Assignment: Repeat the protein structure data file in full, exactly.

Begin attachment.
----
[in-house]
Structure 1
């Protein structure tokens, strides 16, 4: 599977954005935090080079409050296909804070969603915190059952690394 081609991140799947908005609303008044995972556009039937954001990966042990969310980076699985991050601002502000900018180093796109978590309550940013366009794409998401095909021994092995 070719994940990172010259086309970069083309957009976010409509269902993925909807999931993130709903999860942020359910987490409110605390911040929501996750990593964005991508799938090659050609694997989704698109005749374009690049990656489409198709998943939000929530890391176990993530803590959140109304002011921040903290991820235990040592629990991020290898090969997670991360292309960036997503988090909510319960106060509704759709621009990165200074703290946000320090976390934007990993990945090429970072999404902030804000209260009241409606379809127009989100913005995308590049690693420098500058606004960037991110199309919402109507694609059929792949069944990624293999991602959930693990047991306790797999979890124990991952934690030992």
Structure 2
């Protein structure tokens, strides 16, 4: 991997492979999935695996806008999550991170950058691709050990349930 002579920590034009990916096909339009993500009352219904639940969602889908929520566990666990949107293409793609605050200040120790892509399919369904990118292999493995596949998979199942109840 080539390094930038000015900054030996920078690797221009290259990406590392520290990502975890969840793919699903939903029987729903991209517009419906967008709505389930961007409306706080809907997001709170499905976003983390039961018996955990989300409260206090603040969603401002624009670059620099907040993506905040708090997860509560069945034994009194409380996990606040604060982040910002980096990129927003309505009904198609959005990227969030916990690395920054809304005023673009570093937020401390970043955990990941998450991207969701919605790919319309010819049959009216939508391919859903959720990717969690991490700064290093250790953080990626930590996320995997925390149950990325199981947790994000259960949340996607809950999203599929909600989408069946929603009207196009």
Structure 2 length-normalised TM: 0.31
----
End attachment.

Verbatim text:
[in-house]
Structure 1
């Protein structure tokens, strides 16, 4: 599977954005935090080079409050296909804070969603915190059952690394 081609991140799947908005609303008044995972556009039937954001990966042990969310980076699985991050601002502000900018180093796109978590309550940013366009794409998401095909021994092995 070719994940990172010259086309970069083309957009976010409509269902993925909807999931993130709903999860942020359910987490409110605390911040929501996750990593964005991508799938090659050609694997989704698109005749374009690049990656489409198709998943939000929530890391176990993530803590959140109304002011921040903290991820235990040592629990991020290898090969997670991360292309960036997503988090909510319960106060509704759709621009990165200074703290946000320090976390934007990993990945090429970072999404902030804000209260009241409606379809127009989100913005995308590049690693420098500058606004960037991110199309919402109507694609059929792949069944990624293999991602959930693990047991306790797999979890124990991952934690030992």
Structure 2
């Protein structure tokens, strides 16, 4: 991997492979999935695996806008999550991170950058691709050990349930 002579920590034009990916096909339009993500009352219904639940969602889908929520566990666990949107293409793609605050200040120790892509399919369904990118292999493995596949998979199942109840 080539390094930038000015900054030996920078690797221009290259990406590392520290990502975890969840793919699903939903029987729903991209517009419906967008709505389930961007409306706080809907997001709170499905976003983390039961018996955990989300409260206090603040969603401002624009670059620099907040993506905040708090997860509560069945034994009194409380996990606040604060982040910002980096990129927003309505009904198609959005990227969030916990690395920054809304005023673009570093937020401390970043955990990941998450991207969701919605790919319309010819049959009216939508391919859903959720990717969690991490700064290093250790953080990626930590996320995997925390149950990325199981947790994000259960949340996607809950999203599929909600989408069946929603009207196009």
Structure 2 length-normalised TM: 0.31